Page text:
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Previous Challenge Entry (Level 3 – Advanced)
Topic: Hear (07/08/10)

TITLE: On The Trail
By Shirley McClay
07/15/10


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A cowboy always trusts his horse’s senses, ‘specially his hearing. I knowed sumpthin’ was up when Jasper’s eyes flicked off to the side of the trail. I watched him keerful like. The Catskill Mountains were chock full of wild critters and not all them was friendly. I watched to see if Jasper was worried or just noticin’. When his head dropped low again and his ears relaxed to a sideways waggle, I settled back to doze. It had been a long trip an’ I was jus’ that tuckered.

I didn’t get that snooze. Jasper stopped sudden-like and his ears pointed down a ravine. I watched him but couldn’t figure out his thinkin’. He didn’t seem fearful but something weren’t right. His nostrils flared and he snorted. His ears nearly touched at the tip, they was straining so hard to hear. He looked … worried. Not for hisself but for whatever critter was out there.

So I gave him his head. I loosened the reins and touched his sides with my calves. He understood. We plunged into thick undergrowth and fought our way through bushes and vines. The trees towered over us and the ground was treacherously thick with deadfall. Every now and again he would stop his floundering and stand stock-still, ears swiveling to locate the sound. Then he would either plow forward again or adjust his direction a mite.

Finally, I heard it. I still had no idears what it could be. I just knowed my horse could be trusted to not take us to some injured catamount kit. Them mountain lions wouldn’t take kindly to us nosing in. No sirree. And I ain’t inclined to irritate them. Nope. Not me.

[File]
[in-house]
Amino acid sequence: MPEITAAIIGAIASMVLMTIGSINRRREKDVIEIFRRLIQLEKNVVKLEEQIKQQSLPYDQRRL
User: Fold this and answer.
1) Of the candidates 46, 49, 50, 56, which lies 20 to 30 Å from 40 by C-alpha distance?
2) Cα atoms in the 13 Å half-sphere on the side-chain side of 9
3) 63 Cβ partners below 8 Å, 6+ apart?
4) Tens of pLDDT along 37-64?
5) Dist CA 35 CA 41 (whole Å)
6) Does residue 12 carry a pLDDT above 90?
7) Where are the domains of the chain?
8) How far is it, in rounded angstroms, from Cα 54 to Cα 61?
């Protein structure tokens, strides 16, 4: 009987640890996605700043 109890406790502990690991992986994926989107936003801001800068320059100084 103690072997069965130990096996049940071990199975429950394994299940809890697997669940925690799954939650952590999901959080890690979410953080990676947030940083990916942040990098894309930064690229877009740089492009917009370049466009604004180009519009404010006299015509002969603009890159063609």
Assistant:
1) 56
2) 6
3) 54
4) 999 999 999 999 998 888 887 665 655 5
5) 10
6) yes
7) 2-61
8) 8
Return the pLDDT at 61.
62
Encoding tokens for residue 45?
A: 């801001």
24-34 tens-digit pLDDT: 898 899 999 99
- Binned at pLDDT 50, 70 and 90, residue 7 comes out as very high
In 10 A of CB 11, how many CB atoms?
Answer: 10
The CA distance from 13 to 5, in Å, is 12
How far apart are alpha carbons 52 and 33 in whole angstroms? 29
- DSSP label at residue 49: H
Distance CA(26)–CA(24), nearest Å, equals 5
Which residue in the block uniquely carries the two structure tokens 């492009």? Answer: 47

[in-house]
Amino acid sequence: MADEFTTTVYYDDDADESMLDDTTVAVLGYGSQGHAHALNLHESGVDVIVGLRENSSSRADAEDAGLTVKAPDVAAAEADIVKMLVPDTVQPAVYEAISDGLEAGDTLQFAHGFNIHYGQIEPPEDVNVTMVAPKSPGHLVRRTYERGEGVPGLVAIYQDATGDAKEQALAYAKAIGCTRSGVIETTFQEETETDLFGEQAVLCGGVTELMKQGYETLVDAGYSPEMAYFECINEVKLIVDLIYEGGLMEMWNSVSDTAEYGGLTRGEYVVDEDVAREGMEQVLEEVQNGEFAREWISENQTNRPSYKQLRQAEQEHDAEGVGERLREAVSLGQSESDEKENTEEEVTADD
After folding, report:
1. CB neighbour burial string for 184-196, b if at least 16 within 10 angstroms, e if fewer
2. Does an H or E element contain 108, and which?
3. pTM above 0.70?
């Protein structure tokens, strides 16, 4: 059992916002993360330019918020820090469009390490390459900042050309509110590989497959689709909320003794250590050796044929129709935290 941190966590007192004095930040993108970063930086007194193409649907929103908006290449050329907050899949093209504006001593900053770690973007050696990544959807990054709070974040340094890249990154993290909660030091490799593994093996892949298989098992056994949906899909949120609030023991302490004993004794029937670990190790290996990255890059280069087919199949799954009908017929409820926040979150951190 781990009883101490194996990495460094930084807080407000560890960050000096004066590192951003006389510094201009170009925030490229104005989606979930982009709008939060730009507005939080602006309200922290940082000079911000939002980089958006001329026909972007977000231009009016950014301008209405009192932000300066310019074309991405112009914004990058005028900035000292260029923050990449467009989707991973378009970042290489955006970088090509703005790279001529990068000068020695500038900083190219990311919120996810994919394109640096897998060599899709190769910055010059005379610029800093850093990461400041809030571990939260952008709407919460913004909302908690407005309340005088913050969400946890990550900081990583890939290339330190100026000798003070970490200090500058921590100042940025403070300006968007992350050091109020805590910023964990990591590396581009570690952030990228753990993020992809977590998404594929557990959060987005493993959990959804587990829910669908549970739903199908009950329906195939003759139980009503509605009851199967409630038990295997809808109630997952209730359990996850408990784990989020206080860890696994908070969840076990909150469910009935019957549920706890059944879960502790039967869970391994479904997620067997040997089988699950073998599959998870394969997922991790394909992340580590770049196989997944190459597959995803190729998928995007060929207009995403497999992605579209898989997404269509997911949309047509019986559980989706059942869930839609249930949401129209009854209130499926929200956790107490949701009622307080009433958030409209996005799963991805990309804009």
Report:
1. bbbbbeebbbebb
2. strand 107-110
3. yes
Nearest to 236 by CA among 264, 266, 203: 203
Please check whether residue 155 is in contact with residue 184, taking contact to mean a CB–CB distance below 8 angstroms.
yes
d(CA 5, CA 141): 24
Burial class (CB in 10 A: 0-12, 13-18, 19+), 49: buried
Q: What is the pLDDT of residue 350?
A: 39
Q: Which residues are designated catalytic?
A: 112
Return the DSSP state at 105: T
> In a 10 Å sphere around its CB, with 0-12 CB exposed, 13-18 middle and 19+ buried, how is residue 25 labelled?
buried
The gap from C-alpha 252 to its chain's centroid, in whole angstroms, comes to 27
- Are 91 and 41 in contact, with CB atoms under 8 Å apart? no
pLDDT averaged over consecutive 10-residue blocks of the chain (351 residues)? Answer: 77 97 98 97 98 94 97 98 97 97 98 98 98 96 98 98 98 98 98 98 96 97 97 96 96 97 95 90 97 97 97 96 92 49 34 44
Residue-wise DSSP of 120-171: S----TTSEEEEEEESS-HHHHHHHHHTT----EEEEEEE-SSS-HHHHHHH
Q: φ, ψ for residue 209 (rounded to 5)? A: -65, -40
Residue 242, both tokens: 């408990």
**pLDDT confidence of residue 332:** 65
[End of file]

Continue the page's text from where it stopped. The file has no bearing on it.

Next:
We broke out into a clearing. A lake stretched out before us, sparkling blue in the hot sunshine. That’s when I heard it fer reals. Now my eyes were searching along with Jasper’s. A child’s cry ‘bout froze my liver. No other folk could be seen. A child alone out here. Yup… froze my liver and my gizzard.

Jaspar knowed where he was headed now and he weren’t wasting no time. He trotted quick-like, his head high and muscles tense. He leapt over a crick and broke into a ground-eating gallop through the meadow surrounding the lake. Then I saw her. A little tyke, soggy and bedraggled, clutched wildflowers in muddy fingers. Jasper slowed as we neared and stood, blowing in excitement. I stepped down from the saddle and plopped down on the ground beside her.
“You hurtin’ anywhere’s, Princess?”

“No, Mister. I picked pretty flowers for Mommy’s birthday, but my Mommy and Daddy gotted lost and I fell in the mud.” She snuffled brown snot back into her nose and rubbed her eyes with a fist. I feared she’d rub dirt in them so I took that grubby hand in mine and helped her stand.

“I betcha I know how to find ‘em.” I stepped back into the saddle, reached down, and scooped her up in front of me. I gave ol’ Jasper his head again. He took a minute to look around, then I watched his nostrils flare as he tried to catch a scent. Twasn’t till his ears started swiveling that I felt him tense up. He heard something. I held the girl tight as he took off at a gentle canter.

When we rounded the far end of the lake, we found what he’d been hearing. People flocked around us cluckin’ like chickens. The tike’s Mom and Dad looked like they’d been handed a miracle when that muddy little girl wrapped her arms around their necks, still clutchin’ them wildflowers. I reckon I had a bit of her mud in my eyes as they seemed a bit watery.

The park rangers had just arrived and they seemed real glad to see me. They even seemed happy to turn off the spinny lights on their cars when they noticed Jasper was more than a bit spooked. Yup… that campground was a happening place.

It was time to move along. After being gifted with provisions and even a warm blanket ( I downright refused any money), I headed out on my journey again. Jasper done taught me long ago how to be with my Master. As we traveled I listened real keerful to hear which way He wanted us to go. I knowed He would have another task for me an’ Jasper as long as we listened to His directions.